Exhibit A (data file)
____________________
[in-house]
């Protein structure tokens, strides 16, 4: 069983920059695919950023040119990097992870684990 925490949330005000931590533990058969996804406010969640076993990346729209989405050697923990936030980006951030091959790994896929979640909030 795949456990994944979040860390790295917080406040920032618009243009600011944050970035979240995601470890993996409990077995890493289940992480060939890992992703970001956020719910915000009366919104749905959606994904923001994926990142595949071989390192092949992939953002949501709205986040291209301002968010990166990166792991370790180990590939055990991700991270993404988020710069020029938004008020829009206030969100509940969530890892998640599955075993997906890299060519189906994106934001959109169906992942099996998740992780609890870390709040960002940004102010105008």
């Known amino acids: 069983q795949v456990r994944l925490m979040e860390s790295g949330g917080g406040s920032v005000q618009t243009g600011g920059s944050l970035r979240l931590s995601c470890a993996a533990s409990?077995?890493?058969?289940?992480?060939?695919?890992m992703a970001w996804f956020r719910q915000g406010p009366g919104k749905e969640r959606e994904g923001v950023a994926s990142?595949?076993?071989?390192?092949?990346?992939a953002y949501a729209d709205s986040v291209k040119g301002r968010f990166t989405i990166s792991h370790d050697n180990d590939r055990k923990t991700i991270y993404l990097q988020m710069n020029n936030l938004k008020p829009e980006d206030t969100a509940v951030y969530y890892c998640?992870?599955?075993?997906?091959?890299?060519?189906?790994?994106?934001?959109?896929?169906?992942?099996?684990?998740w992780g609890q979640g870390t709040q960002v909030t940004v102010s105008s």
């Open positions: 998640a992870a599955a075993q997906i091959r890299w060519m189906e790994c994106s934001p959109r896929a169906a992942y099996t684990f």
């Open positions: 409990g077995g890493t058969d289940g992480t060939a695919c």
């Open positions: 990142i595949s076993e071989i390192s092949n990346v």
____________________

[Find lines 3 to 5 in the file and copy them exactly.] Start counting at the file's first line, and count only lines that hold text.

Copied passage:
């Known amino acids: 069983q795949v456990r994944l925490m979040e860390s790295g949330g917080g406040s920032v005000q618009t243009g600011g920059s944050l970035r979240l931590s995601c470890a993996a533990s409990?077995?890493?058969?289940?992480?060939?695919?890992m992703a970001w996804f956020r719910q915000g406010p009366g919104k749905e969640r959606e994904g923001v950023a994926s990142?595949?076993?071989?390192?092949?990346?992939a953002y949501a729209d709205s986040v291209k040119g301002r968010f990166t989405i990166s792991h370790d050697n180990d590939r055990k923990t991700i991270y993404l990097q988020m710069n020029n936030l938004k008020p829009e980006d206030t969100a509940v951030y969530y890892c998640?992870?599955?075993?997906?091959?890299?060519?189906?790994?994106?934001?959109?896929?169906?992942?099996?684990?998740w992780g609890q979640g870390t709040q960002v909030t940004v102010s105008s």
């Open positions: 998640a992870a599955a075993q997906i091959r890299w060519m189906e790994c994106s934001p959109r896929a169906a992942y099996t684990f």
């Open positions: 409990g077995g890493t058969d289940g992480t060939a695919c």